You can email me here.

I vividly remember seeing the rough tattoos on the boys that worked the fairground that came through our small town when I was a boy. Soon after I had my first and have now been collecting tattoos for over 40 years and making them for around 30. After a stint in Los Angeles in the early 90’s honing my craft in the then infant tattoo scene I came back to the UK and started Into You tattoo in Clerkenwell, London in 1993. We were the first fully custom tattoo shop in the UK, and been described as “London’s seminal tattoo institution”. We had a run of 23 amazing years I was very fortunate. Finally, the lease being up, I relocated permanently to Brighton where I own and run 1770.

For now I’m on an extended sabbatical from “active service” - I feel I’ve done my bit for tattooing, and as much as I still love it, I’m happier working in mediums that don’t feel pain or talk back! But although I’m not actually putting ink into skin I still feel I’m a tattoo artist, the life and culture surrounding the art form informs much of what I do, and I feel supported and very much a part of the worldwide tattoo community that has given me so much over the last few decades. Although I went to art school in the early 80’s , and felt from a young age that I wanted to be an “artist”, it was with tattooing that I really found my home.

After art school, where I made installations and did performances, I made music, performing and recording on London’s Industrial music scene. By the mid 80’s I was working as a medical illustrator in 3 of London’s teaching hospitals; that period continues to inform my work now. During my few years in Los Angeles in the early 90’s I was lucky to meet and tattoo some figures from the underground art scene, notably Ron Athey who I performed with regularly around the world for several years. Printmaking became my primary medium outside of tattooing from the early 2000’s. I enjoy the disciplined approach that is in some ways similar to tattooing. Much of the work is an expansion of my tattoo ideas, a place for me to experiment without the constraints of a client brief. All the work is made 100% by me (no computers) much of it printed on a Columbian printing press made in 1833. I enjoy feeling part of a long art tradition stretching back hundreds of years, in the way I feel a part of the tattoo tradition which goes back thousands!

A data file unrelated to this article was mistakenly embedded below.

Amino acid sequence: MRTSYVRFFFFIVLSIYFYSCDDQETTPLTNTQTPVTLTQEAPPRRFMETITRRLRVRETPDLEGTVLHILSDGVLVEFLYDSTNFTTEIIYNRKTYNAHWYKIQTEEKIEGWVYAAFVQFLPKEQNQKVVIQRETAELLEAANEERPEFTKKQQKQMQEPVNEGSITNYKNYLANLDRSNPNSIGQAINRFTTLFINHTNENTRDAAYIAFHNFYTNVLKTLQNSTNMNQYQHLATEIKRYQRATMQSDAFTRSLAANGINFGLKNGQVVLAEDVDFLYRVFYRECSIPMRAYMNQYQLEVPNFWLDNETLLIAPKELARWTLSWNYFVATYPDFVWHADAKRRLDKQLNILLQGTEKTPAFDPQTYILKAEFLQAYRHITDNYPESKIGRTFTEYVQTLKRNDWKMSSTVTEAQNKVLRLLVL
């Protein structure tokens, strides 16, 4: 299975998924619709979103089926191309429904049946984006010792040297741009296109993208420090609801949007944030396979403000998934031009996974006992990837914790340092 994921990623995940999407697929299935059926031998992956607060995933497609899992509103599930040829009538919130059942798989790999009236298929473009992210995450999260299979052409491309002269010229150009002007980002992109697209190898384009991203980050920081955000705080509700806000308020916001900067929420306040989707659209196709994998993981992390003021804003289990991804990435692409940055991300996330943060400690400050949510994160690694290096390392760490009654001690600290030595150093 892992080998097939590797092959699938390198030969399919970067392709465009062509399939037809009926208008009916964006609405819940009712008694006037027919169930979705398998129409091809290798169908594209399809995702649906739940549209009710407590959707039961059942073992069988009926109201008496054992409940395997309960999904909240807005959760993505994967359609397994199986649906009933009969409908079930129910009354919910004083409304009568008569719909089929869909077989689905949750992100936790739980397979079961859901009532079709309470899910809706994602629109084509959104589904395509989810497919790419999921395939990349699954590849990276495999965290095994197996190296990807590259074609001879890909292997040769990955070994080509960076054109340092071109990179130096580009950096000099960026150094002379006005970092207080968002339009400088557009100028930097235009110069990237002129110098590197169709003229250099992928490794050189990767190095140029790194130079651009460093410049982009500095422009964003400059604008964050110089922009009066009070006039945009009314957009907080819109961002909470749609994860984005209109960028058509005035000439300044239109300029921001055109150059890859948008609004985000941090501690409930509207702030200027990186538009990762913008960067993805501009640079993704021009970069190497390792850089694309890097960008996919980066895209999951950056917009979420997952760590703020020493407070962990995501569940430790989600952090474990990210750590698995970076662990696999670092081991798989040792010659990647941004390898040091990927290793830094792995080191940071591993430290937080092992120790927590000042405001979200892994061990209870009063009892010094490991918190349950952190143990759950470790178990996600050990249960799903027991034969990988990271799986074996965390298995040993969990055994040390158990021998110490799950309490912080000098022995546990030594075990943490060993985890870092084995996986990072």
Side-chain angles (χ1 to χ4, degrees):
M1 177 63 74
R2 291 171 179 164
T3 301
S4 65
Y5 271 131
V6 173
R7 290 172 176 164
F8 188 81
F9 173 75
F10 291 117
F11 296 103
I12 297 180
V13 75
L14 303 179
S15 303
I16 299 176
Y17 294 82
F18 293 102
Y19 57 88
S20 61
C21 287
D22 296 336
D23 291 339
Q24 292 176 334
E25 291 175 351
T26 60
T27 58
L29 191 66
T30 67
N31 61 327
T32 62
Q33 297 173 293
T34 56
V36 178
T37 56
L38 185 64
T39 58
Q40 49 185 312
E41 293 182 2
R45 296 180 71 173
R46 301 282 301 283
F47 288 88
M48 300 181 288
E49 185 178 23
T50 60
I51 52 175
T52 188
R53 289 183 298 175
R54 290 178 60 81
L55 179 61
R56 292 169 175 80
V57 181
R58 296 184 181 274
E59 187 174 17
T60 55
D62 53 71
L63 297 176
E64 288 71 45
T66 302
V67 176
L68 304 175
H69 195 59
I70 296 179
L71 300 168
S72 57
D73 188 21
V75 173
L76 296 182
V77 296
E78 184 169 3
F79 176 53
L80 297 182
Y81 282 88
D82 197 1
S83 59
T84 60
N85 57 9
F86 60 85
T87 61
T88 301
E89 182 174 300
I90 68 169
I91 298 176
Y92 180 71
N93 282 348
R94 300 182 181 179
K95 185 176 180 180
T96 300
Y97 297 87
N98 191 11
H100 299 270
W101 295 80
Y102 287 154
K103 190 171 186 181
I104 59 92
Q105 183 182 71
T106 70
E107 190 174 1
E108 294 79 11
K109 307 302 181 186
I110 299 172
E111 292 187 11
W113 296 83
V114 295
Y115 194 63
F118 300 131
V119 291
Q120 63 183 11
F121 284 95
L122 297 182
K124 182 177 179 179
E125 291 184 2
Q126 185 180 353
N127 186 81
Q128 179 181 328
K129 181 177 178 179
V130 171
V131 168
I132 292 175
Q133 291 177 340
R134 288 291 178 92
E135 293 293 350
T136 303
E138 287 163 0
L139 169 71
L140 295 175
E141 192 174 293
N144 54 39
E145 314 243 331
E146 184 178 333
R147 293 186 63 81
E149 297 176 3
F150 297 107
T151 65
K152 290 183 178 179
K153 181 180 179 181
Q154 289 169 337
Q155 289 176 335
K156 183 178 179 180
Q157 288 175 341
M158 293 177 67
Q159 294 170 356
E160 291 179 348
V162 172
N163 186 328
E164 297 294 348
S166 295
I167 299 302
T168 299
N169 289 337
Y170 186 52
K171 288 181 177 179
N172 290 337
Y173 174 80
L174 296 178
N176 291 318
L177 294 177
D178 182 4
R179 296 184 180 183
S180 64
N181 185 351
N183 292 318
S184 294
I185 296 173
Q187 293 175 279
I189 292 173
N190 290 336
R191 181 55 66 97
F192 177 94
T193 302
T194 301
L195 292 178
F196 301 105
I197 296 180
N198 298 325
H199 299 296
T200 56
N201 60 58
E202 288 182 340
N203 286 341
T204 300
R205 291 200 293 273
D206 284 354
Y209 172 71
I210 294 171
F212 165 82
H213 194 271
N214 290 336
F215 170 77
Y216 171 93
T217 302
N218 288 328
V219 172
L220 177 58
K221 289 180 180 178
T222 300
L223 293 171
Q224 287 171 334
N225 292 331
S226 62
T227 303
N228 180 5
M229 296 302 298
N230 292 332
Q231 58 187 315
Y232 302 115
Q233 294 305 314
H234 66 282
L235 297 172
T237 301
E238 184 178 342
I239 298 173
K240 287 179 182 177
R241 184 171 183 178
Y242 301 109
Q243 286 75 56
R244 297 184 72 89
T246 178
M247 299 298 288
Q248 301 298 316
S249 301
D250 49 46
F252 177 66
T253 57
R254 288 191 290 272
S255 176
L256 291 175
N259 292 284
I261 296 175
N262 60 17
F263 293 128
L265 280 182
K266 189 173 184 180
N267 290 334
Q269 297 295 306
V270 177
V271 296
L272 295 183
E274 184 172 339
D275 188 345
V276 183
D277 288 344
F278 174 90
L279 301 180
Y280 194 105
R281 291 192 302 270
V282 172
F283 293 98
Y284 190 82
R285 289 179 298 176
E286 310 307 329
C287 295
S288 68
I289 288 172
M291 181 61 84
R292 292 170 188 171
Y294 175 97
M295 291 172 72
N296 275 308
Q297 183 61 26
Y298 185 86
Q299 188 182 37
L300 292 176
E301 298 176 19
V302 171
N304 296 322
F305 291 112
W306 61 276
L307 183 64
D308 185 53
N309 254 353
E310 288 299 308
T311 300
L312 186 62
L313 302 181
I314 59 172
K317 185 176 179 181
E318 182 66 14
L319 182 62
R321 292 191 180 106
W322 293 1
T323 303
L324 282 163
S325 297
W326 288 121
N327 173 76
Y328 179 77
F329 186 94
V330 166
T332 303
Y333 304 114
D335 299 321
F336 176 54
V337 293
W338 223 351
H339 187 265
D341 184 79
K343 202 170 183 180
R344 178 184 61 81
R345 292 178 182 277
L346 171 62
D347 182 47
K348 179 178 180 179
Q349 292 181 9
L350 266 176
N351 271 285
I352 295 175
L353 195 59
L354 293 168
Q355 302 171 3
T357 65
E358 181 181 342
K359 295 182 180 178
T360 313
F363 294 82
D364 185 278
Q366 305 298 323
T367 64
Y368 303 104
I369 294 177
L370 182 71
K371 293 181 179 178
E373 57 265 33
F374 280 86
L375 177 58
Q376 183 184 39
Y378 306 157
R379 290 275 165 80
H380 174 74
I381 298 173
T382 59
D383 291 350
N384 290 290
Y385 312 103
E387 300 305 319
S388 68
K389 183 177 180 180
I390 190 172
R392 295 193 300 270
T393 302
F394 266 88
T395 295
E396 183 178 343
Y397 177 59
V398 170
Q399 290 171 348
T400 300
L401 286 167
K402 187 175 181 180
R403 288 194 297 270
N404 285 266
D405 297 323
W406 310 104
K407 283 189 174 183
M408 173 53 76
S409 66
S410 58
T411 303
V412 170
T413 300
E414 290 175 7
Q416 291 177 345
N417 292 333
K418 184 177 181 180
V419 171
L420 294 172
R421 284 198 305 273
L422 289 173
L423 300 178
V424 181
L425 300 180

Now, as someone into middle age, with a happy and largely “successful” career as a tattoo/artist behind me, I reflect on what is important. Why make art, what does it mean, how do I go forward from here, what are my priorities? Being creative continues to make me happy, simple. To spend time in the studio is time well spent, living moment by moment, making creative decisions unencumbered by thoughts of a destination. Both tattooing and printmaking thrive on being boundaried; painting, my most recent practice, is more open, the boundaries are looser, the goal more elusive. My main interest remains the human body; it feels valid, compelling and exciting as a subject. Something we share, something we can all relate to and somewhere for me to continue to explore in all its variety and complexity. I’m excited to see where this journey takes me.

Thanks for reading and looking
Alex 2021

A brief history of Into You

“Tattooing is not a job, and Into You is not a business”

Into You Tattoo was started in October 1993 by myself - Alex Binnie and piercer Teena Marie. I had known Teena a few years by this time, by the late 80’s we had both begun plying our trades from squats in London, Teena in Hackney, me in Bloomsbury, just down from the British Museum. We had both been pierced and tattooed by the legendary Mr Sebastian and it was he who brought us together. This was a time when the tattoo/piercing/body art scene was in it’s infancy. Around 1990 I started working in a small private studio in Clerkenwell – Clerkenwell workshops, just around the corner from where the shop was located for 23 years – 144 St John St. After just a year or so I moved to Los Angeles and tattooed out of the Gauntlet piercing shop, run by my then wife Elayne Angel. At this time Teena took over the small space in Clerkenwell workshops and pierced from there, she called it “Into You”.